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From: TSS ()
Subject: HEALTH CHIEF'S COVER-UP OF CJD BLOOD DONOR
Date: May 15, 2005 at 1:23 pm PST

-------- Original Message --------
Subject: Health chief's cover-up of CDJ (cjd) blood donor
Date: Sun, 15 May 2005 09:44:11 -0500
From: "Terry S. Singeltary Sr."
Reply-To: Bovine Spongiform Encephalopathy
To: BSE-L@aegee.org


##################### Bovine Spongiform Encephalopathy #####################


Health chief's cover-up of CDJ blood donor

By DENNIS RICE and JO KNOWSLEY, Mail on Sunday 12:04pm 15th May 2005 The
father of the youngest victim of Britain's worst CJD outbreak has
accused medical authorities of engaging in a seven-year conspiracy to
hide the fact that his son had been a blood donor.

Matthew Middleton, 18, died from the human form of mad cow disease
(vCJD) in March 1997 - one of four victims in a cluster of cases in the
Yorkshire village of Armthorpe.

What the public never learned was that the Edinburgh-based National vCJD
Unit knew before the 18-year-old's death that he was a registered blood
donor.

His father John told doctors as his son lay in coma but was ordered to
keep quiet so that Government inspectors could investigate the cluster
without scaring the public.

A year later, Mr Middleton learned the authorities had traced at least
seven people who had been given Matthew's blood - but that none of them
would be told.

For seven years those known to have received Matthew's tainted blood
were kept in the dark until scientists decided last September that they
should be informed.

They are among 14 people in Britain known to have received vCJD-tainted
blood. They have not been identified but all have been offered
counselling. The decision to contact them came only after the first case
emerged of a patient possibly dying from vCJD contracted through a blood
transfusion.

Last night Mr Middleton, 50, said: "I have carried this awful secret
around for seven years, knowing my son might have unwittingly sentenced
these poor people to death.

"I never agreed with their policy but was forced to go along with it. I
was told that if I went public it would spark panic across the country.

"To hear that none of the people they had traced was going to be warned
was absolutely devastating and not what Matthew would have wanted. It
was as though these people weren't humans at all.

I want to see a public inquiry launched into this now - it is the least
these seven people deserve. I also want to know how they can also be so
sure that only seven people were affected."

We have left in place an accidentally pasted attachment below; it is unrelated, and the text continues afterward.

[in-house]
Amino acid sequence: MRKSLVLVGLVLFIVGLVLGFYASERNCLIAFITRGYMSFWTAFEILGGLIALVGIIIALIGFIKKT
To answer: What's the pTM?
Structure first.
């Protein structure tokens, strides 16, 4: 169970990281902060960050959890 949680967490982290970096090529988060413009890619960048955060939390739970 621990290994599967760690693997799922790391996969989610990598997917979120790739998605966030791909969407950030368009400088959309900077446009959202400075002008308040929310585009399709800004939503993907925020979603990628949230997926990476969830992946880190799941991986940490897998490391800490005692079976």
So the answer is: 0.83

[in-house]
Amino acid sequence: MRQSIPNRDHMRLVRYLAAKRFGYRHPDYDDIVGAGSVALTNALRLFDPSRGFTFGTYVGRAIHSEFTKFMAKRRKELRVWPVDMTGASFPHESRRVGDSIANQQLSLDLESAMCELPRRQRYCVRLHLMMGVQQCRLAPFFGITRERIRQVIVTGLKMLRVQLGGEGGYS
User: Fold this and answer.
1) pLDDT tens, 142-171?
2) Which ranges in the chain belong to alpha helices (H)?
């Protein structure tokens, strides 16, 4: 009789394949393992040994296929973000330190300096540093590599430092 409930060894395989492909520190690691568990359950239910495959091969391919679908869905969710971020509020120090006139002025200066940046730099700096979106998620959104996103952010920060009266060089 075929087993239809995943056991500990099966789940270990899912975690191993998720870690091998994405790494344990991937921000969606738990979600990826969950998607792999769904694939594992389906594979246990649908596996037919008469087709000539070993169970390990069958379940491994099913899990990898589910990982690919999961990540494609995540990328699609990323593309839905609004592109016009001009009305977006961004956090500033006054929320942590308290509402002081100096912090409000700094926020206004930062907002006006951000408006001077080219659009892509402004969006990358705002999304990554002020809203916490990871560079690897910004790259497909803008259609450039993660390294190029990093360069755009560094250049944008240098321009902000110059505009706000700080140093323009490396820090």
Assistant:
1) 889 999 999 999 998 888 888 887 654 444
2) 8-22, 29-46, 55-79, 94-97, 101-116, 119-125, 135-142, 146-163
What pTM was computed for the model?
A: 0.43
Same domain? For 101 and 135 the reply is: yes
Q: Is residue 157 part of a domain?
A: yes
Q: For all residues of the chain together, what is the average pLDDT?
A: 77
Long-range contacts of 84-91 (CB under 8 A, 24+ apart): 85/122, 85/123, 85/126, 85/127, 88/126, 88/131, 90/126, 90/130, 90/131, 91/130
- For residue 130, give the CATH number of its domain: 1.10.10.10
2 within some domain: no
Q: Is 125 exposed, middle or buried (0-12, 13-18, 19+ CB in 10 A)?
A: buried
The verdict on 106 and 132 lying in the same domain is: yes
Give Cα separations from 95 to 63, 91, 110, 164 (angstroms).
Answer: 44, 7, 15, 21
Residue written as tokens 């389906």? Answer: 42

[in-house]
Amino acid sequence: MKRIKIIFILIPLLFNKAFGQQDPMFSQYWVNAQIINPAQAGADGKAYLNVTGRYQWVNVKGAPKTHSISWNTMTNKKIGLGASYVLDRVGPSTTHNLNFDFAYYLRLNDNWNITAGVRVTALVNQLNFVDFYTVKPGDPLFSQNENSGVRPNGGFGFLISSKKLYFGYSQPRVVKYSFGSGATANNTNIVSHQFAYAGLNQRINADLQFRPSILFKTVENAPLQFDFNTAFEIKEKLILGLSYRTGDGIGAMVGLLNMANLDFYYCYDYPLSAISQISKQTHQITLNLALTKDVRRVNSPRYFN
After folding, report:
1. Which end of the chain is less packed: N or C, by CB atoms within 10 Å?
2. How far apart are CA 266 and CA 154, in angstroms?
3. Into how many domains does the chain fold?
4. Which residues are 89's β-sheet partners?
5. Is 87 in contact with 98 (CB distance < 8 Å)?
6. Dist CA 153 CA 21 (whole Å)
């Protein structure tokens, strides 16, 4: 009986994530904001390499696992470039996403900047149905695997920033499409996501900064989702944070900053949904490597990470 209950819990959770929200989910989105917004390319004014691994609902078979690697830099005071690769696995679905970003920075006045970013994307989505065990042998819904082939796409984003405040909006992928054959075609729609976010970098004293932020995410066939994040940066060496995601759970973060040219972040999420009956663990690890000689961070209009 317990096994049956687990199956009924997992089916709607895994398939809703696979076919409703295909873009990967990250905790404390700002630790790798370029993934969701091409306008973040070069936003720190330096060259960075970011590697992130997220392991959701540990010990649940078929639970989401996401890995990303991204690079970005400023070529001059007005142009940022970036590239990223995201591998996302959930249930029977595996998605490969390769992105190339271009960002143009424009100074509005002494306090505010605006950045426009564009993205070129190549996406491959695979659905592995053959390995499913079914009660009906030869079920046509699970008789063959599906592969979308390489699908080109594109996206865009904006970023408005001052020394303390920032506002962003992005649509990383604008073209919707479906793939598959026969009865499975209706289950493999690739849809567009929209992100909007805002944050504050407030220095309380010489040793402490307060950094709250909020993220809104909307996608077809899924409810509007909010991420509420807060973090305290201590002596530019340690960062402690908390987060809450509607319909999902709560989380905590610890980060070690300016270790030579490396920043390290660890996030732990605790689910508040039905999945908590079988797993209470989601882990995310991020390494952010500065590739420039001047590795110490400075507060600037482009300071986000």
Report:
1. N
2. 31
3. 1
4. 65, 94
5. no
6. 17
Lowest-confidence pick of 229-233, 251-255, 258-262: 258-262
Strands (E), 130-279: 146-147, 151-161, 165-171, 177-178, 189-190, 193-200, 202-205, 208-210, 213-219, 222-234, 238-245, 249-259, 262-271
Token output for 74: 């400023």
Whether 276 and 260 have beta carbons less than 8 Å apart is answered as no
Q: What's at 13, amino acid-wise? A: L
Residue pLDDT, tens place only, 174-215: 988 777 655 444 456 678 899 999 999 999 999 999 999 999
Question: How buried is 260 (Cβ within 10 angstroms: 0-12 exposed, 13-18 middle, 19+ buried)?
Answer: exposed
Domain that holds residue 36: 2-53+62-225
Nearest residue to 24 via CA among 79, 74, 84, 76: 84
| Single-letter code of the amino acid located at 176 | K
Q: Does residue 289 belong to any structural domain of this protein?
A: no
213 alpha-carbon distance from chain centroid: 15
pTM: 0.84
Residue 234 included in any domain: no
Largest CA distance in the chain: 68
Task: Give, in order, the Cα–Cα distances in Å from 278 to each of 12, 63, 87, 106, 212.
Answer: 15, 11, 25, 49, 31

Thousands of people can be infected by one contaminated blood product -
depending on the way it is used and dispersed. Blood products are used
in countless procedures: injections to rehydrate burn victims, for
example, can contain elements derived from blood.

Following its change in policy, the Department of Health last year wrote
to more than 6,000 patients who may have received vCJD-contaminated blood.

The cover-up is confirmed in the minutes of a meeting of the Doncaster
Health Authority on November 9, 2001. They reveal how the National vCJD
Unit kept a secret log of people given blood from Matthew and other
donors infected with vCJD.

The minutes, obtained by Jim Oldfield, editor of the Armthorpe Community
Newsletter, say the recipients would not be informed and explain that if
they later donated blood, it was to be thrown away. At this meeting was
Doctor Ken Allen, the consultant in Communicable Disease Control in
Doncaster, who led the Armthorpe CJD investigation.

Dr Allen, who is now retired, said: "It was national policy to not pass
on information to blood recipients, so our hands were tied. You have to
consider what impact it might have had on these people. It could have
ruined their lives."

So-called "new-variant" Creutzfeldt-Jacob disease emerged in Britain in
1995, and is attributed to contaminated meat products. There are 146
known or probable deaths from vCJD, and five people live with the disease.

Last night a spokeswoman for the Department of Health said it was
"satisfied" with the Armthorpe inquiry, adding:

"Throughout our handling of the issue of vCJD we have adopted a highly
precautionary approach based on the best available expert opinion,
taking a series of steps as new evidence became available to maximise
the protection of the public."

This story first appeared in . For more great stories, buy this week's
Mail on Sunday.

http://www.dailymail.co.uk/pages/live/articles/health/healthmain.html?in_article_id=348749&in_page_id=1774&in_a_source=

TSS

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